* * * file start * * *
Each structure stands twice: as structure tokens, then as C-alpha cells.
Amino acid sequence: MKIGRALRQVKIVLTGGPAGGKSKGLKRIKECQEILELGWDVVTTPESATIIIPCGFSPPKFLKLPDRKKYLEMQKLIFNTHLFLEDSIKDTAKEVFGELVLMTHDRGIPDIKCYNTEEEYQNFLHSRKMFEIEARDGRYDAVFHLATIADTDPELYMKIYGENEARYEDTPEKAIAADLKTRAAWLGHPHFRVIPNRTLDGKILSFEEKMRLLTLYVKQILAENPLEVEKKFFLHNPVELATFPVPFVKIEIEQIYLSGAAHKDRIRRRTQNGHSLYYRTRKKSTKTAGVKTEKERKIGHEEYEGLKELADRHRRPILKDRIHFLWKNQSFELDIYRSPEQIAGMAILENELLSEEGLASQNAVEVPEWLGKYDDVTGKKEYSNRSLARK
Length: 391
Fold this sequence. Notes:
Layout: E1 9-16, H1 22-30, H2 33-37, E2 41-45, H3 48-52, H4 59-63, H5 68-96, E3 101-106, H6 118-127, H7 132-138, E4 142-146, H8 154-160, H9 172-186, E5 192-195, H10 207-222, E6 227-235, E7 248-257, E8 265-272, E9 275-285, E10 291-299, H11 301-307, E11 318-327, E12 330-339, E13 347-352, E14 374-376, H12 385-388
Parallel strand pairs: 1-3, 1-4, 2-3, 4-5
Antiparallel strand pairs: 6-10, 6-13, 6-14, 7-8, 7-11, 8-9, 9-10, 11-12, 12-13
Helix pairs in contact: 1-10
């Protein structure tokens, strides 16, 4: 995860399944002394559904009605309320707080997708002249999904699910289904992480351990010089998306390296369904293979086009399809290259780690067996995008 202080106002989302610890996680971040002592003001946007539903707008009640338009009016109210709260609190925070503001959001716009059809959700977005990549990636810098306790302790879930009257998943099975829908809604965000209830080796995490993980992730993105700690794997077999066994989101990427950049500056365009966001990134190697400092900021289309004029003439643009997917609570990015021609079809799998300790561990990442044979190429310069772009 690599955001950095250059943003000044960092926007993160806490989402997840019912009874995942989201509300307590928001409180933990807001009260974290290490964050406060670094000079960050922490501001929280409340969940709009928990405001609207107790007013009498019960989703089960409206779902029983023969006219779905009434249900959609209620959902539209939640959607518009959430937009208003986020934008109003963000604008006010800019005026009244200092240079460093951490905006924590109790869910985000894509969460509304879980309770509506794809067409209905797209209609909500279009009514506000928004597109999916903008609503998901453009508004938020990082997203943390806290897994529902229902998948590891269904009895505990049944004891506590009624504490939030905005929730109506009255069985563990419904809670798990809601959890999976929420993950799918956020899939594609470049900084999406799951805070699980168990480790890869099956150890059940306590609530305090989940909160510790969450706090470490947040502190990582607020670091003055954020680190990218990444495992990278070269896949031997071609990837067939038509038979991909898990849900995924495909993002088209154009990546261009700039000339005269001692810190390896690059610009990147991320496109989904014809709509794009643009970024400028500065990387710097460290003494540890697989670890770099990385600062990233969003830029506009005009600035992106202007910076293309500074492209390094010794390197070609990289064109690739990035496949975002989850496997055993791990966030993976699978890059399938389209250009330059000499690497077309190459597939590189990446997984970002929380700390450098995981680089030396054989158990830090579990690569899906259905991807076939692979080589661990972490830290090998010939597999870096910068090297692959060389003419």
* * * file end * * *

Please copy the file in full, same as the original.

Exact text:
Each structure stands twice: as structure tokens, then as C-alpha cells.
Amino acid sequence: MKIGRALRQVKIVLTGGPAGGKSKGLKRIKECQEILELGWDVVTTPESATIIIPCGFSPPKFLKLPDRKKYLEMQKLIFNTHLFLEDSIKDTAKEVFGELVLMTHDRGIPDIKCYNTEEEYQNFLHSRKMFEIEARDGRYDAVFHLATIADTDPELYMKIYGENEARYEDTPEKAIAADLKTRAAWLGHPHFRVIPNRTLDGKILSFEEKMRLLTLYVKQILAENPLEVEKKFFLHNPVELATFPVPFVKIEIEQIYLSGAAHKDRIRRRTQNGHSLYYRTRKKSTKTAGVKTEKERKIGHEEYEGLKELADRHRRPILKDRIHFLWKNQSFELDIYRSPEQIAGMAILENELLSEEGLASQNAVEVPEWLGKYDDVTGKKEYSNRSLARK
Length: 391
Fold this sequence. Notes:
Layout: E1 9-16, H1 22-30, H2 33-37, E2 41-45, H3 48-52, H4 59-63, H5 68-96, E3 101-106, H6 118-127, H7 132-138, E4 142-146, H8 154-160, H9 172-186, E5 192-195, H10 207-222, E6 227-235, E7 248-257, E8 265-272, E9 275-285, E10 291-299, H11 301-307, E11 318-327, E12 330-339, E13 347-352, E14 374-376, H12 385-388
Parallel strand pairs: 1-3, 1-4, 2-3, 4-5
Antiparallel strand pairs: 6-10, 6-13, 6-14, 7-8, 7-11, 8-9, 9-10, 11-12, 12-13
Helix pairs in contact: 1-10
């Protein structure tokens, strides 16, 4: 995860399944002394559904009605309320707080997708002249999904699910289904992480351990010089998306390296369904293979086009399809290259780690067996995008 202080106002989302610890996680971040002592003001946007539903707008009640338009009016109210709260609190925070503001959001716009059809959700977005990549990636810098306790302790879930009257998943099975829908809604965000209830080796995490993980992730993105700690794997077999066994989101990427950049500056365009966001990134190697400092900021289309004029003439643009997917609570990015021609079809799998300790561990990442044979190429310069772009 690599955001950095250059943003000044960092926007993160806490989402997840019912009874995942989201509300307590928001409180933990807001009260974290290490964050406060670094000079960050922490501001929280409340969940709009928990405001609207107790007013009498019960989703089960409206779902029983023969006219779905009434249900959609209620959902539209939640959607518009959430937009208003986020934008109003963000604008006010800019005026009244200092240079460093951490905006924590109790869910985000894509969460509304879980309770509506794809067409209905797209209609909500279009009514506000928004597109999916903008609503998901453009508004938020990082997203943390806290897994529902229902998948590891269904009895505990049944004891506590009624504490939030905005929730109506009255069985563990419904809670798990809601959890999976929420993950799918956020899939594609470049900084999406799951805070699980168990480790890869099956150890059940306590609530305090989940909160510790969450706090470490947040502190990582607020670091003055954020680190990218990444495992990278070269896949031997071609990837067939038509038979991909898990849900995924495909993002088209154009990546261009700039000339005269001692810190390896690059610009990147991320496109989904014809709509794009643009970024400028500065990387710097460290003494540890697989670890770099990385600062990233969003830029506009005009600035992106202007910076293309500074492209390094010794390197070609990289064109690739990035496949975002989850496997055993791990966030993976699978890059399938389209250009330059000499690497077309190459597939590189990446997984970002929380700390450098995981680089030396054989158990830090579990690569899906259905991807076939692979080589661990972490830290090998010939597999870096910068090297692959060389003419």